Amgen shares fell on Friday after two of the company's medicines posted disappointing data, including a higher death rate for some cancer patients on its anemia treatment Aranesp.
The findings on Aranesp and colon cancer treatment Vectibix were released late on Thursday, as the world's largest biotechnology company reported a marginal increase in fourth-quarter profit.
Geoffrey Porges, an analyst with Sanford Bernstein, questioned the company's outlook after the report.
"2007 now looks to us like the last of the good years for Amgen, at least for the immediate future," Porges said in a research note, which also cited the "numerous disappointing pipeline updates."
One study focused on Vectibix, which was approved last year for treating advanced colon cancer for patients for whom chemotherapy has failed. The study tested Vectibix with a standard therapy in patients as a first option in an effort to expand Vectibix's market.
However, the patients who added Vectibix showed no improvement compared with the group taking just the standard treatment. Further, data showed an increased incidence of diarrhea, dehydration and infection among those taking Vectibix.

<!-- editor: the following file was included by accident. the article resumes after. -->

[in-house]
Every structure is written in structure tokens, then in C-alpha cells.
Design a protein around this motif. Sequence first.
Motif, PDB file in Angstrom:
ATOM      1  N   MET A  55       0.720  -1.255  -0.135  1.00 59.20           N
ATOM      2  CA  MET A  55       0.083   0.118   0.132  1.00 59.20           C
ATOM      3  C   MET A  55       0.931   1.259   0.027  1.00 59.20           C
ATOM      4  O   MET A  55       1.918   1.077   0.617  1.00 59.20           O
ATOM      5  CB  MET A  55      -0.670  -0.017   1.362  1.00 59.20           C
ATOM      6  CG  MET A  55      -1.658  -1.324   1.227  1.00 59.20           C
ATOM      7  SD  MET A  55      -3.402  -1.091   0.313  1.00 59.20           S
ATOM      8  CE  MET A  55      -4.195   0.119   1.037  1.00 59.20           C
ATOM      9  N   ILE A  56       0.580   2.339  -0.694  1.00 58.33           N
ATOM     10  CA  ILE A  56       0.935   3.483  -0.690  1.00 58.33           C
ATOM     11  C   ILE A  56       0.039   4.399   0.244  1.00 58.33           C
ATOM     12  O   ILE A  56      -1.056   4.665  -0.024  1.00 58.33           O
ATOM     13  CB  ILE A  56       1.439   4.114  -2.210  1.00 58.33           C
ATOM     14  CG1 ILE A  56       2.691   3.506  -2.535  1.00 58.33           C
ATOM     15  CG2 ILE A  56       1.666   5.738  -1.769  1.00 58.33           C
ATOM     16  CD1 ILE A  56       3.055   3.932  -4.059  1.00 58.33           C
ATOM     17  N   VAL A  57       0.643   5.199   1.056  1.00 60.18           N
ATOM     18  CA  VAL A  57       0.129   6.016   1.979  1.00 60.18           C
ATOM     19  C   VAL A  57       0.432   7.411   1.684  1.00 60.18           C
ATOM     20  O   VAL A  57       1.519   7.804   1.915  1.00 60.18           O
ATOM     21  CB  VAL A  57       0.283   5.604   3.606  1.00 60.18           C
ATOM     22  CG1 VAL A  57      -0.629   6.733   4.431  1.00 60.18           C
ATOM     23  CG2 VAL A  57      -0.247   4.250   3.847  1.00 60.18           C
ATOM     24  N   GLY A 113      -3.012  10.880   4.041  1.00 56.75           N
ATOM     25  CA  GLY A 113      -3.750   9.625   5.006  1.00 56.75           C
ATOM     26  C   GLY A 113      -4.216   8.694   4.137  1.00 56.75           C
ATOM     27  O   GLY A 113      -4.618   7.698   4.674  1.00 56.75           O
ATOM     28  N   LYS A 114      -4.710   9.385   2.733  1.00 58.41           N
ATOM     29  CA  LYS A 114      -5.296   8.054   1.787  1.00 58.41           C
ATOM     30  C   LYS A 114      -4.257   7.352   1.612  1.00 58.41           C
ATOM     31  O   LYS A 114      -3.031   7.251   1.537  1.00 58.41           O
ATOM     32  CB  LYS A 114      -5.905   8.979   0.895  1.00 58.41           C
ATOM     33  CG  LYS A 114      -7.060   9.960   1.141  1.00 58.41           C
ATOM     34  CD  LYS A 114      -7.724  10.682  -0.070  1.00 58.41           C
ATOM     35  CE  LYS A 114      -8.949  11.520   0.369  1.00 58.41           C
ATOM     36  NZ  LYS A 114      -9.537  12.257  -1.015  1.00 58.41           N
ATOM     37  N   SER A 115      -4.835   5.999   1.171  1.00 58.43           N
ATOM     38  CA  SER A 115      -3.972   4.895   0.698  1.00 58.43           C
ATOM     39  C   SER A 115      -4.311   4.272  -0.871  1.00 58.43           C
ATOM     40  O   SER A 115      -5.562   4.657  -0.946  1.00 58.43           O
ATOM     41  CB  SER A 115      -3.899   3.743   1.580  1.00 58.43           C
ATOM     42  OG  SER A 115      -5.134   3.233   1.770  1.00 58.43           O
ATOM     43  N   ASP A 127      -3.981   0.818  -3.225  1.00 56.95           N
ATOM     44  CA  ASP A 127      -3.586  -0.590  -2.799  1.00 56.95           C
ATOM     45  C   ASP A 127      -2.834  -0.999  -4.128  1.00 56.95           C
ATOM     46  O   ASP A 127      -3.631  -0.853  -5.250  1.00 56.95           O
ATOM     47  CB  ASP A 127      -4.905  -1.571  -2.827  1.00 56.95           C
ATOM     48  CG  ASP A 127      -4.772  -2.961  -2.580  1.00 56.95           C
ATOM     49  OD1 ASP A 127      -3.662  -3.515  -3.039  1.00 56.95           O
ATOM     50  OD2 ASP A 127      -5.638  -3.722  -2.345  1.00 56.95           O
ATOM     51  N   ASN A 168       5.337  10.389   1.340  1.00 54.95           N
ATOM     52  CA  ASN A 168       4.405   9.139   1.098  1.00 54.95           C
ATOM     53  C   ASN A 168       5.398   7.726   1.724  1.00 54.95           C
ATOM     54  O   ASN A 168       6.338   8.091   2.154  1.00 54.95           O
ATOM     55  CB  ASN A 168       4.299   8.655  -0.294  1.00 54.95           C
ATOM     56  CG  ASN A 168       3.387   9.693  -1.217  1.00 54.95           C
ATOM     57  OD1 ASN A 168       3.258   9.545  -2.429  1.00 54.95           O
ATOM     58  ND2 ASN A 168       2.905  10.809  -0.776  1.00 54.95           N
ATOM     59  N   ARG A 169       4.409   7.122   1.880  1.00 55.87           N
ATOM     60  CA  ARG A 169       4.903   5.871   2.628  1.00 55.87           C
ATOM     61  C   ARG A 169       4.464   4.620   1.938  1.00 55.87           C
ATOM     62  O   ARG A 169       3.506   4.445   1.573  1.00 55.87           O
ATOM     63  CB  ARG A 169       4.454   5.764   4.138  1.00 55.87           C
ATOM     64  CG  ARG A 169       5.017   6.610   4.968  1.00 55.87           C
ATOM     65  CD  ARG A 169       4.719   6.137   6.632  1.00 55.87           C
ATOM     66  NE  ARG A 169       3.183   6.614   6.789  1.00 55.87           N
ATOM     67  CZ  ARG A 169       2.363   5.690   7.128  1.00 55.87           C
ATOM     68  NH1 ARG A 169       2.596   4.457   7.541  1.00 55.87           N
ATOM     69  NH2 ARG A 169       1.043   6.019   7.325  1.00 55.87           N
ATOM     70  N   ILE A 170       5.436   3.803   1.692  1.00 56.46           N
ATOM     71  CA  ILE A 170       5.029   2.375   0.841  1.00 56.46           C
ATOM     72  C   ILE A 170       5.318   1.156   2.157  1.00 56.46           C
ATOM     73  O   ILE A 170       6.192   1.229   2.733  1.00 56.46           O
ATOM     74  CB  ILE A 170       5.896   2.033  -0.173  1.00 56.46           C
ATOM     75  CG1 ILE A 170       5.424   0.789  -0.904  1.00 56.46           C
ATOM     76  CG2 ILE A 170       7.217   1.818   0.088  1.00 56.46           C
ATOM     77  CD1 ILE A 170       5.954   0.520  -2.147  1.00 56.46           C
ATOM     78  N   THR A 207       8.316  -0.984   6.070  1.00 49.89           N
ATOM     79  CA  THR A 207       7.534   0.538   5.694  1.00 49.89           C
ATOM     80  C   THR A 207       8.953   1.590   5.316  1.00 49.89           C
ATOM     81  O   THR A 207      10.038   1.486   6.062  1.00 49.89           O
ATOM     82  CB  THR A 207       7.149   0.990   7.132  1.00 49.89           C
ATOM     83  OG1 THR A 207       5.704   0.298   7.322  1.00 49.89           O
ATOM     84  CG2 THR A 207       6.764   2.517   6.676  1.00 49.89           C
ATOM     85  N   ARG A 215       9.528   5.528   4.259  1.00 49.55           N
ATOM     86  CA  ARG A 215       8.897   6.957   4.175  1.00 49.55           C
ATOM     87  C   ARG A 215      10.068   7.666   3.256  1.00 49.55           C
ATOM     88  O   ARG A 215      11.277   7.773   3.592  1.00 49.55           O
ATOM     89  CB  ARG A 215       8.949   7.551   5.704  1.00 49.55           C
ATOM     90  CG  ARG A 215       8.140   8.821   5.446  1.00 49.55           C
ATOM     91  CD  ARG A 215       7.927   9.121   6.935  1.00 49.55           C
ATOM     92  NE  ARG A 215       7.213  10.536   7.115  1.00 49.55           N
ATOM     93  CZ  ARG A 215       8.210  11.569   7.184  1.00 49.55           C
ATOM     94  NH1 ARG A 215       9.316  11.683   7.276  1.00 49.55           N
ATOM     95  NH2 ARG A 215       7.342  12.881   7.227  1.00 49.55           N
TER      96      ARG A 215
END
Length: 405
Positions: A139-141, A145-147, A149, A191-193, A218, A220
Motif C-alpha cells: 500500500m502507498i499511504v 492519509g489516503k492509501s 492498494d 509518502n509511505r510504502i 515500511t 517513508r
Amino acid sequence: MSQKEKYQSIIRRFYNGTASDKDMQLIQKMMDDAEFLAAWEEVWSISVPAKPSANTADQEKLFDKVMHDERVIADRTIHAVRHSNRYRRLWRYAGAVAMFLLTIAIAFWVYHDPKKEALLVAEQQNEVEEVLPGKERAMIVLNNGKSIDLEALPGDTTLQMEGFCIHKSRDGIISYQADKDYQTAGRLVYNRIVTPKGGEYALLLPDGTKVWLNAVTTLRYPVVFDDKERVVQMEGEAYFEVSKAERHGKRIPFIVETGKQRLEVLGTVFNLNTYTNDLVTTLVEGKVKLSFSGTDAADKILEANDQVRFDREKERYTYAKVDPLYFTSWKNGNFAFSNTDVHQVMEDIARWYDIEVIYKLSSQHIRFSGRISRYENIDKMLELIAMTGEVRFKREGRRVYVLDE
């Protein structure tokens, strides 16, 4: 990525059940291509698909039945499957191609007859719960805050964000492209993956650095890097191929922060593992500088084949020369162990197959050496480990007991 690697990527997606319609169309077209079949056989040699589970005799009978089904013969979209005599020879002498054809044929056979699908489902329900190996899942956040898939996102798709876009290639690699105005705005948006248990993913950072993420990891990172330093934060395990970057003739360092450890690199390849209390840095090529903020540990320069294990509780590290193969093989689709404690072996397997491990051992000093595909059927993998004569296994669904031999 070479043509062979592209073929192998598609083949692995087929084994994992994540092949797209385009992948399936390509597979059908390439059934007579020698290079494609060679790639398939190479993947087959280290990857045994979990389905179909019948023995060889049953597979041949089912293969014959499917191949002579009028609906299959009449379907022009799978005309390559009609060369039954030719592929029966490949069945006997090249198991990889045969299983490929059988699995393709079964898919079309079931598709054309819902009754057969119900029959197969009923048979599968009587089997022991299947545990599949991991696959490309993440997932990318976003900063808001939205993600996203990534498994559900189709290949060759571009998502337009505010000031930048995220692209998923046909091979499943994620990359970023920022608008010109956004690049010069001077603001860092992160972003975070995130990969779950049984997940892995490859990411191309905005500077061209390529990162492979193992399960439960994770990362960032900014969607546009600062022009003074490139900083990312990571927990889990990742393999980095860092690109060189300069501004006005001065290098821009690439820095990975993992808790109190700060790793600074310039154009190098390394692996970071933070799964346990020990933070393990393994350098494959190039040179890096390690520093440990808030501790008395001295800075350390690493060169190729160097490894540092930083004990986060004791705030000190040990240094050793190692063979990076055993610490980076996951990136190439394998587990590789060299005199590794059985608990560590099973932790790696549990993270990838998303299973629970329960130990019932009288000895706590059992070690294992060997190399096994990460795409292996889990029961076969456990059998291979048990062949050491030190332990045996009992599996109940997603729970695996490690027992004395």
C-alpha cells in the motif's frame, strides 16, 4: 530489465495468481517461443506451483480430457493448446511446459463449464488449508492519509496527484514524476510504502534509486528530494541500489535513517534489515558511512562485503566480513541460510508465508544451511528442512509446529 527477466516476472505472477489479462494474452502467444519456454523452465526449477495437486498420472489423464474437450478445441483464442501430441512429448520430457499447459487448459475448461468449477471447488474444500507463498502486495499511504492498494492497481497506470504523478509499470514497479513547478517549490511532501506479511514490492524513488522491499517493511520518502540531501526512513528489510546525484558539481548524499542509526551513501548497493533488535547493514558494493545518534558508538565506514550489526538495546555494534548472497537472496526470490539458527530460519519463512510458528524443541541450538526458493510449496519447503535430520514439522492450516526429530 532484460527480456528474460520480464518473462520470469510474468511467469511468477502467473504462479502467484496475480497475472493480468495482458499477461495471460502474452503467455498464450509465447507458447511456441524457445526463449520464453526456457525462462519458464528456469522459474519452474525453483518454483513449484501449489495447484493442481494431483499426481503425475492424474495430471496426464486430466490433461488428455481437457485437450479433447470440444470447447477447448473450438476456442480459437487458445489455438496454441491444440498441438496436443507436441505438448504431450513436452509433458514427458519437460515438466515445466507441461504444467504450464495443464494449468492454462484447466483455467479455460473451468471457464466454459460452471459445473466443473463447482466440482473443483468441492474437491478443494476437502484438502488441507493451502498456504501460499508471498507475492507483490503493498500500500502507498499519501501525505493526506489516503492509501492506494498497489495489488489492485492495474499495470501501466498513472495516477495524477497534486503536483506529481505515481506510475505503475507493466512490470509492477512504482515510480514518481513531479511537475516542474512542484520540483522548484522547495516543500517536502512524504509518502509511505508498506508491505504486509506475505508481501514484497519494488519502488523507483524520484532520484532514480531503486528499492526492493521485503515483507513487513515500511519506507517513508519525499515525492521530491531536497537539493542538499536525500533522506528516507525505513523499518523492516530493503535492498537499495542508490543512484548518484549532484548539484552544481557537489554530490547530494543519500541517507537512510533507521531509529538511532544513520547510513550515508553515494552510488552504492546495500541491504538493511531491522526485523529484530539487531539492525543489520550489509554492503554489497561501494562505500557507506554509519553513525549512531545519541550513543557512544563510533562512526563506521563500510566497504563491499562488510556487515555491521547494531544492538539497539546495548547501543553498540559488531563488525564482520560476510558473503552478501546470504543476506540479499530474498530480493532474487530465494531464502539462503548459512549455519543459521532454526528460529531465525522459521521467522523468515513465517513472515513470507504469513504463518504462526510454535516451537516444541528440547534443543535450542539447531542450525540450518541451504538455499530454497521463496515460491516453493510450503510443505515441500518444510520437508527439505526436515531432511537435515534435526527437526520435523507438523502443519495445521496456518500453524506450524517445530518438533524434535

"Investors were probably expecting a positive benefit with Vectibix," Friedman Billings Ramsey analyst Jim Reddoch said in a research note. Reddoch said the data probably will hinder the drug's use among physicians who also use Genentech's Avastin, a lucrative market.
Shares of ImClone Systems, which makes Vectibix-rival Erbitux, rose on Friday. FBR's Reddoch also lifted his rating on ImClone shares to "market perform" from "underperform."
Another study, designed to show Aranesp could reduce the need for transfusions in cancer patients with anemia, found a statistically significant increased risk of death.
Amgen said results of the trial suggest that the risk of taking Aranesp is not warranted for patients with unexplained anemia and active cancer -- those who are not in remission and not receiving chemotherapy.
Analysts said the Aranesp data could raise new concerns about the drug, part of the lucrative class of medicines for which the active ingredient is a natural protein called erythropoietin (EPO) and which treat anemia by boosting the body's production of red blood cells.
Another recent study cast a negative light on Procrit, Johnson & Johnson's own form of EPO.
Bear Stearns analyst Mark Schoenebaum said the data could put 10% of Aranesp's sales at risk, although he doubted the sales would take such a hit.
"These data introduce a new overhang on Amgen shares that, in our opinion, could linger until the Street sees several quarters of healthy Aranesp sales," Schoenebaum said.